King David is one of my favourite Biblical heroes.  Voted at his high school Most Likely To Appear On Young Talent Time, he had it all: good looks, great tan, musical talent, deeply spiritual, glamorous, daring, caring … okay, slightly neurotic, possibly bipolar.  But totally droolworthy, for all his faults.

I was recently re-reading of the famous showdown between the terrifying giant and the boy next door.  I love this story, and I wouldn’t want it to end any other way; but this time I began to wonder: what other way might it have ended?

This is the bit in 1 Samuel 17 that caught my attention:

Saul and the Israelites assembled and camped in the Valley of Elah and drew up their battle line to meet the Philistines.  The Philistines occupied one hill and the Israelites another, with the valley between them.  A champion named Goliath, who was from Gath, came out of the Philistine camp. His height was [3 metres] … His shield bearer went ahead of him.  Goliath stood and shouted to the ranks of Israel, “Why do you come out and line up for battle? Am I not a Philistine, and are you not the servants of Saul? Choose a man and have him come down to me.  If he is able to fight and kill me, we will become your subjects; but if I overcome him and kill him, you will become our subjects and serve us.”  Then the Philistine said, “This day I defy the armies of Israel! Give me a man and let us fight each other.”  On hearing the Philistine’s words, Saul and all the Israelites were dismayed and terrified.  … For forty days the Philistine came forward every morning and evening and took his stand.

At this point I need to admit that I haven’t really done any study on this passage.  For all I know, single combat challenge was a perfectly sane way to settle international conflicts in 1000 BC.

But that’s my point.  Why did the Israelites feel compelled to take this challenge seriously?  Later in the chapter, we’re told:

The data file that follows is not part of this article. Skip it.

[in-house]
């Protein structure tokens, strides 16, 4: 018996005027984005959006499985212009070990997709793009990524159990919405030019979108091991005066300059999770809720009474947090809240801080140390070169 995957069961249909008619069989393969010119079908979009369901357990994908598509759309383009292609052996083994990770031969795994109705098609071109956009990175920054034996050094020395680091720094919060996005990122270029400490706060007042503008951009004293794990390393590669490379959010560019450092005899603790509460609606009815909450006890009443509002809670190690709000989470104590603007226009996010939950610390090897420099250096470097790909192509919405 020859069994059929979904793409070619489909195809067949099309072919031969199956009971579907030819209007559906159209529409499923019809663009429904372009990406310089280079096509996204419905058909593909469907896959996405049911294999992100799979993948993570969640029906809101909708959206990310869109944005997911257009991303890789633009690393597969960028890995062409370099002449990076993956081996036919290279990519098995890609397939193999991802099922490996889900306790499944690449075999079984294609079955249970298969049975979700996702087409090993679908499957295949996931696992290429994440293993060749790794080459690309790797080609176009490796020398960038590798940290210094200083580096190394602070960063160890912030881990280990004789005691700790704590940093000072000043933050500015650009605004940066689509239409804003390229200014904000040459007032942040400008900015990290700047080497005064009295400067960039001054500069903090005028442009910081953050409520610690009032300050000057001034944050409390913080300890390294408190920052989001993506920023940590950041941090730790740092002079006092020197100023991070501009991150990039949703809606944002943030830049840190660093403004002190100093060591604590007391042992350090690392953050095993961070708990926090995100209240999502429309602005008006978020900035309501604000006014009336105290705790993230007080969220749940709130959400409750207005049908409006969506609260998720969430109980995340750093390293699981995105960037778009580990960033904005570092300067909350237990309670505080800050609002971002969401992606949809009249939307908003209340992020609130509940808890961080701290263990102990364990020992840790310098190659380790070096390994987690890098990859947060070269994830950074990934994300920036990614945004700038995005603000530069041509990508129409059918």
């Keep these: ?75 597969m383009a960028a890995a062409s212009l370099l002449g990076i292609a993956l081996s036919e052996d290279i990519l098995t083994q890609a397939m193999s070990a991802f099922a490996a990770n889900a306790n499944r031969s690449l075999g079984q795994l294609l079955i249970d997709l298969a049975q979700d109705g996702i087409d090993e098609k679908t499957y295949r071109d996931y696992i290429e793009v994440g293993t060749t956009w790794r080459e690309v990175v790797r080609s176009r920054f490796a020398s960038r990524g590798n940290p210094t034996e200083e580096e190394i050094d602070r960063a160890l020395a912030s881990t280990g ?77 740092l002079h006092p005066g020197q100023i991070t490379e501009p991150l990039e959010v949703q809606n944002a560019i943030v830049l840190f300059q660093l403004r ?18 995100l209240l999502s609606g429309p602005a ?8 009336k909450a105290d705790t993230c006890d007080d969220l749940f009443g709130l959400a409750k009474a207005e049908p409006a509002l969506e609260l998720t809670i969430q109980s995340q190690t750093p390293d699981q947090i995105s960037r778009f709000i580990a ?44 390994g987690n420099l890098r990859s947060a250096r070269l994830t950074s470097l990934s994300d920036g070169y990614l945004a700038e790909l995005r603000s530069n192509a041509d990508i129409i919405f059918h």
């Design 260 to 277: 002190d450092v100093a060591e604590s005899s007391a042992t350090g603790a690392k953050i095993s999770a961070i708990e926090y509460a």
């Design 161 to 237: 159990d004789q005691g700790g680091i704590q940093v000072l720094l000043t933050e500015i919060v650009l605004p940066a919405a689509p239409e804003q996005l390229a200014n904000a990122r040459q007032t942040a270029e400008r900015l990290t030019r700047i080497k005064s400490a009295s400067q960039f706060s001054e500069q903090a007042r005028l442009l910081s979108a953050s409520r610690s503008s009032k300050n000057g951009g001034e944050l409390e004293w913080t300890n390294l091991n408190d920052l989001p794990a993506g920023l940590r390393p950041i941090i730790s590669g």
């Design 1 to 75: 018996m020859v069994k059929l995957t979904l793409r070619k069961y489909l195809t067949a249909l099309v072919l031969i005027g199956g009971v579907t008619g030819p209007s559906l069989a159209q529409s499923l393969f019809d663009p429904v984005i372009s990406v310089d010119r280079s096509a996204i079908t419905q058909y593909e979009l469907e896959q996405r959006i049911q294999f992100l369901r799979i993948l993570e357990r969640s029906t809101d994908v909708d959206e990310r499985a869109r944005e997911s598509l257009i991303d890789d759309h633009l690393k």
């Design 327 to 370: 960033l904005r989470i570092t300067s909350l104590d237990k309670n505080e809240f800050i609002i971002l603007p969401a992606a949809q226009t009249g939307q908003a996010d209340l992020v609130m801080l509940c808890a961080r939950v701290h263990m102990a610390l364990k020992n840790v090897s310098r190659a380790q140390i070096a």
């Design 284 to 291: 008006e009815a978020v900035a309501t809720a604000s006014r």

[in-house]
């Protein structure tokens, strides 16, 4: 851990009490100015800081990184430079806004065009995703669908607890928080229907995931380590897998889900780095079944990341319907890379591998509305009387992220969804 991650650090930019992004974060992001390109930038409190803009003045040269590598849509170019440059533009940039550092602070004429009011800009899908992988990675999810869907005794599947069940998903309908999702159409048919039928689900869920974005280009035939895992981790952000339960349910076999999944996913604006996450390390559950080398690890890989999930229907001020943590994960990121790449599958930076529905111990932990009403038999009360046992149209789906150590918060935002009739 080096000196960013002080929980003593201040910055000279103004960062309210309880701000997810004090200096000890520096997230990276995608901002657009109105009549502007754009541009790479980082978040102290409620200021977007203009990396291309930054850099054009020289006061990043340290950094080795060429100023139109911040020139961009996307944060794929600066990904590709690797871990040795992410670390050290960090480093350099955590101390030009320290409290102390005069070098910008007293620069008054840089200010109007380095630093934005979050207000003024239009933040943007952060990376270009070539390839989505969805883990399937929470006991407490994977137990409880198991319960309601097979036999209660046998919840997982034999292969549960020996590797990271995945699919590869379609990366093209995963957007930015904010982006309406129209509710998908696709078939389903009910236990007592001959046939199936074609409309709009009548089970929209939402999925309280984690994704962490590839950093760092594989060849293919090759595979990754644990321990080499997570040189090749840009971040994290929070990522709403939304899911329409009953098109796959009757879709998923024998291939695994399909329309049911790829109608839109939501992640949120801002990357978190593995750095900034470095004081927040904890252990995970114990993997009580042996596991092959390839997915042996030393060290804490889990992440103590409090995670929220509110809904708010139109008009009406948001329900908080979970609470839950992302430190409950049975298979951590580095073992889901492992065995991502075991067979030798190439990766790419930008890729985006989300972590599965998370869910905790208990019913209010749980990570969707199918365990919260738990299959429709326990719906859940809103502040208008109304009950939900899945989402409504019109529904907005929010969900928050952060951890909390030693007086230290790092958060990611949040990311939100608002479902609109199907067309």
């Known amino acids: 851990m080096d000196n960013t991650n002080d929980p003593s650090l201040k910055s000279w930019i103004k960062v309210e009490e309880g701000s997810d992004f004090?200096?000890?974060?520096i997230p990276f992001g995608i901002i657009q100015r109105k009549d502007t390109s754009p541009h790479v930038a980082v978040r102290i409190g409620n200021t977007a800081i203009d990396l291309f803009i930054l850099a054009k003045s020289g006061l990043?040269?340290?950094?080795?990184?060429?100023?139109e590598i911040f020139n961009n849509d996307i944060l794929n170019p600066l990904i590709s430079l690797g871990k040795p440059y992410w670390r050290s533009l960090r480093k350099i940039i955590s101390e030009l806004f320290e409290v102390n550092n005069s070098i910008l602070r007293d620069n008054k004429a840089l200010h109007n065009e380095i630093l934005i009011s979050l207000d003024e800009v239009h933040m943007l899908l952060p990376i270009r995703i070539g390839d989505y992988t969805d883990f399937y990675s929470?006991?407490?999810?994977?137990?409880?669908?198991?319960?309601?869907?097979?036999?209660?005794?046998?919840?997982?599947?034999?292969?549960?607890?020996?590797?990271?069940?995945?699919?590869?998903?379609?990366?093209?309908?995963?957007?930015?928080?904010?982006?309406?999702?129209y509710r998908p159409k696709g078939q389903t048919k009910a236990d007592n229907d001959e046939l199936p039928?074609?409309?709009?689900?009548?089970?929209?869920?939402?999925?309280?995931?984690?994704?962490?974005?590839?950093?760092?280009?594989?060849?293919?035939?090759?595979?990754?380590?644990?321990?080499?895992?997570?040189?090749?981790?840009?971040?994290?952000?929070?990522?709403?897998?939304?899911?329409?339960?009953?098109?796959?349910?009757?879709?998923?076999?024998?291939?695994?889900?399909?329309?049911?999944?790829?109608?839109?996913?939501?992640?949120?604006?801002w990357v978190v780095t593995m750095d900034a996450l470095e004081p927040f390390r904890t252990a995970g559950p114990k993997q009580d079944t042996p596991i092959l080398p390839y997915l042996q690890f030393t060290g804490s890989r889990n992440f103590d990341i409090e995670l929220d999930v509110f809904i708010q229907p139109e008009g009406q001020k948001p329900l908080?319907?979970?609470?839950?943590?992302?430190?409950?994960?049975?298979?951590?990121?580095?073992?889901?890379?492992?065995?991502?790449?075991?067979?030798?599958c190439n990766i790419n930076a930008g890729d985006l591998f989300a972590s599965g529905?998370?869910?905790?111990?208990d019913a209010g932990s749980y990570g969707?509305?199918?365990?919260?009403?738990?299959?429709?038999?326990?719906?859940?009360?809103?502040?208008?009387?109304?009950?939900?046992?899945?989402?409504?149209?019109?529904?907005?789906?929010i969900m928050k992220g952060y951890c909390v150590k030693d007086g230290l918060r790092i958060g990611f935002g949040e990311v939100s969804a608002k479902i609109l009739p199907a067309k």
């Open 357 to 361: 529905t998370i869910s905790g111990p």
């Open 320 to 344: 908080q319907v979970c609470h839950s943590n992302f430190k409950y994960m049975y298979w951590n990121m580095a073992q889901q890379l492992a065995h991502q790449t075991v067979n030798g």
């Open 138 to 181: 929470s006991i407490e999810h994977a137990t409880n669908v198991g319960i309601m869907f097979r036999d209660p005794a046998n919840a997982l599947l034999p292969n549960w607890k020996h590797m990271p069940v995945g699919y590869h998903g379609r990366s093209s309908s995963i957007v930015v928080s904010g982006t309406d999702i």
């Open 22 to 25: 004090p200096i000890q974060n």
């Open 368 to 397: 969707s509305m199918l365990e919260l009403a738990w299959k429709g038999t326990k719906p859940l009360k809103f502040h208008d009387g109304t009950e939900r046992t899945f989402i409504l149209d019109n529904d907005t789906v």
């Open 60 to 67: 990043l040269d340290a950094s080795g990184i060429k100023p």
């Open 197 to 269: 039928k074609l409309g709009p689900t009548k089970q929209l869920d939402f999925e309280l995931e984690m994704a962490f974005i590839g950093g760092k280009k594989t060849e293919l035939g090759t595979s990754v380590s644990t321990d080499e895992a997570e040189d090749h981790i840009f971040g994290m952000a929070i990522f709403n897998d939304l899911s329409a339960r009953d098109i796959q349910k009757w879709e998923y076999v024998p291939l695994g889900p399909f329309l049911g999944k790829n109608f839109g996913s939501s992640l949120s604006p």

When the Philistines saw that their hero was dead, they turned and ran.  Then the men of Israel and Judah surged forward with a shout and pursued the Philistines to the entrance of Gath  and to the gates of Ekron [a good 15 miles as the crow flies].

So we can infer from the ending that the Israelite army was fit, numerous, and rested.  So my point is this: why on earth didn’t they just rush the guy?

An army that proposes single combat challenge might have one of two different motives.  One, they don’t think they can win in open battle, and lives might be saved.  Or two, they are very confident of their champion.  And I would add three, they have a reasonable expectation that the challenge will be accepted as the decider.

Let’s stop for a minute and think about how the story might have run, if the challenge had not been taken up by Israel.  Who says it had to be?  There’s nothing in the Torah about championship fighting, is there?  Until fairly recently, Israel had been a theocracy: God was their King, and the priests His officers, voicing the Law.  They had a series of judges dealing with the day-to-day conflicts, ranging from civil disputes to military uprisings, which culminated in Samuel the Seer.

Now they’ve gotten trendy like the nations around them: they have a human king, Saul, “as handsome a young man as could be found anywhere in Israel, and he was a head taller than anyone else.”  So, perhaps, to stay trendy, a nation needs to adopt some of the othercustoms of the people around them.  One of those might have been this idea that the army with the tallest, fiercest dude wins.  Having the Worldmaker on your side just wasn’t in vogue anymore.  And clearly, the tallest, fiercest dude Israel had on offer was just not quite as tall and fierce as the tallest, fiercest Philistine.  So the tallest, fiercest Israelite sulked in his tent for a month, while team morale plummeted.